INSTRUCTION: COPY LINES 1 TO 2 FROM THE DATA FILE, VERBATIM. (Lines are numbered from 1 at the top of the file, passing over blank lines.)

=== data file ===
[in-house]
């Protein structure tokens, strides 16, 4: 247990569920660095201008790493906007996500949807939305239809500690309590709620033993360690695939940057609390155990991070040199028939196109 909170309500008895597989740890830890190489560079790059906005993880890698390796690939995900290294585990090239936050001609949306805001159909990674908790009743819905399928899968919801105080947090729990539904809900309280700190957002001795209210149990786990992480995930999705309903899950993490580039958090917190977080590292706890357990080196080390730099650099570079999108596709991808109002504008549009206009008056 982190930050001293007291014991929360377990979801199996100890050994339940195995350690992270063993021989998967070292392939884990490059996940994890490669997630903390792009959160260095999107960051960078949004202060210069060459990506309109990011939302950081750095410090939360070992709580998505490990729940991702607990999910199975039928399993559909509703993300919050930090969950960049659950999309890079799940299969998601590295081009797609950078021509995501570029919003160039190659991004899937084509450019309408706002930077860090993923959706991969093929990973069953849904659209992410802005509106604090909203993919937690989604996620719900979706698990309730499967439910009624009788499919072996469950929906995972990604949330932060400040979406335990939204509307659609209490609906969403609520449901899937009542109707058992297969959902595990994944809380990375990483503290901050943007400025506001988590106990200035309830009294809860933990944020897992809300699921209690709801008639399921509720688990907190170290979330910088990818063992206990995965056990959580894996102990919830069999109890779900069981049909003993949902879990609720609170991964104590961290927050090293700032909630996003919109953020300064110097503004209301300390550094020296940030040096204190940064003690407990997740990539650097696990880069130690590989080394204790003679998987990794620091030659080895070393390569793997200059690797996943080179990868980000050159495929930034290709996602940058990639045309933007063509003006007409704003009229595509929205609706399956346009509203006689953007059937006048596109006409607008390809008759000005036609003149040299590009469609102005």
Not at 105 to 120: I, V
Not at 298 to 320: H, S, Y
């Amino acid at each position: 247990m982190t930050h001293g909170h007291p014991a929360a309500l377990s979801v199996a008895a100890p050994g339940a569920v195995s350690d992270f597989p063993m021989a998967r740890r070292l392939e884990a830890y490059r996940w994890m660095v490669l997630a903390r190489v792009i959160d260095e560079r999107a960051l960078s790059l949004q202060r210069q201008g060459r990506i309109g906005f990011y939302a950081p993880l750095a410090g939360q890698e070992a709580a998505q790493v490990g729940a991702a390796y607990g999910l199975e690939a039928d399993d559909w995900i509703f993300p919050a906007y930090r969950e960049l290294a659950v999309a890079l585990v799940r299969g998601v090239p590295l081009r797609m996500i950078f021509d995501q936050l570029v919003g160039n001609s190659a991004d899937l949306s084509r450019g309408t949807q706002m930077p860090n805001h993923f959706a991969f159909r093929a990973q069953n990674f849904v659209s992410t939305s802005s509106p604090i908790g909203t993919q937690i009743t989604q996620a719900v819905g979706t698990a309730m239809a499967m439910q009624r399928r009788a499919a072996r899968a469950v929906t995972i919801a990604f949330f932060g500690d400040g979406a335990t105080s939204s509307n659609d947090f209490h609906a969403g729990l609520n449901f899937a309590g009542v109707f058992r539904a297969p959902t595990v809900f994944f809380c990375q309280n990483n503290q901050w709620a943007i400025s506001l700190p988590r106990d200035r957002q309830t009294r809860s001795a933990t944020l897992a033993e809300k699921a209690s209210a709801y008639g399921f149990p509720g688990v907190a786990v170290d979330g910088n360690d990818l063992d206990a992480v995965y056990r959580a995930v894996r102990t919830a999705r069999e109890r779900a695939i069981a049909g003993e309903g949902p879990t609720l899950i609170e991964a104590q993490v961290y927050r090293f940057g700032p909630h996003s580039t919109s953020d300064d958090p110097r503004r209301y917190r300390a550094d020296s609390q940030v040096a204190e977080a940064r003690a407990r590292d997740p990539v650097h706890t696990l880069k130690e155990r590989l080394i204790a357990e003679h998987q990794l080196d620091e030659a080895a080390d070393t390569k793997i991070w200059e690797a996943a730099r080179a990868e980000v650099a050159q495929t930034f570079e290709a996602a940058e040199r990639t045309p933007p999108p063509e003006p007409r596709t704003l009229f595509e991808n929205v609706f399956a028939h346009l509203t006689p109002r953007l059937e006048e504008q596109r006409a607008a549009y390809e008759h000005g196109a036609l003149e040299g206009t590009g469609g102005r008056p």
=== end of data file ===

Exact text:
[in-house]
């Protein structure tokens, strides 16, 4: 247990569920660095201008790493906007996500949807939305239809500690309590709620033993360690695939940057609390155990991070040199028939196109 909170309500008895597989740890830890190489560079790059906005993880890698390796690939995900290294585990090239936050001609949306805001159909990674908790009743819905399928899968919801105080947090729990539904809900309280700190957002001795209210149990786990992480995930999705309903899950993490580039958090917190977080590292706890357990080196080390730099650099570079999108596709991808109002504008549009206009008056 982190930050001293007291014991929360377990979801199996100890050994339940195995350690992270063993021989998967070292392939884990490059996940994890490669997630903390792009959160260095999107960051960078949004202060210069060459990506309109990011939302950081750095410090939360070992709580998505490990729940991702607990999910199975039928399993559909509703993300919050930090969950960049659950999309890079799940299969998601590295081009797609950078021509995501570029919003160039190659991004899937084509450019309408706002930077860090993923959706991969093929990973069953849904659209992410802005509106604090909203993919937690989604996620719900979706698990309730499967439910009624009788499919072996469950929906995972990604949330932060400040979406335990939204509307659609209490609906969403609520449901899937009542109707058992297969959902595990994944809380990375990483503290901050943007400025506001988590106990200035309830009294809860933990944020897992809300699921209690709801008639399921509720688990907190170290979330910088990818063992206990995965056990959580894996102990919830069999109890779900069981049909003993949902879990609720609170991964104590961290927050090293700032909630996003919109953020300064110097503004209301300390550094020296940030040096204190940064003690407990997740990539650097696990880069130690590989080394204790003679998987990794620091030659080895070393390569793997200059690797996943080179990868980000050159495929930034290709996602940058990639045309933007063509003006007409704003009229595509929205609706399956346009509203006689953007059937006048596109006409607008390809008759000005036609003149040299590009469609102005």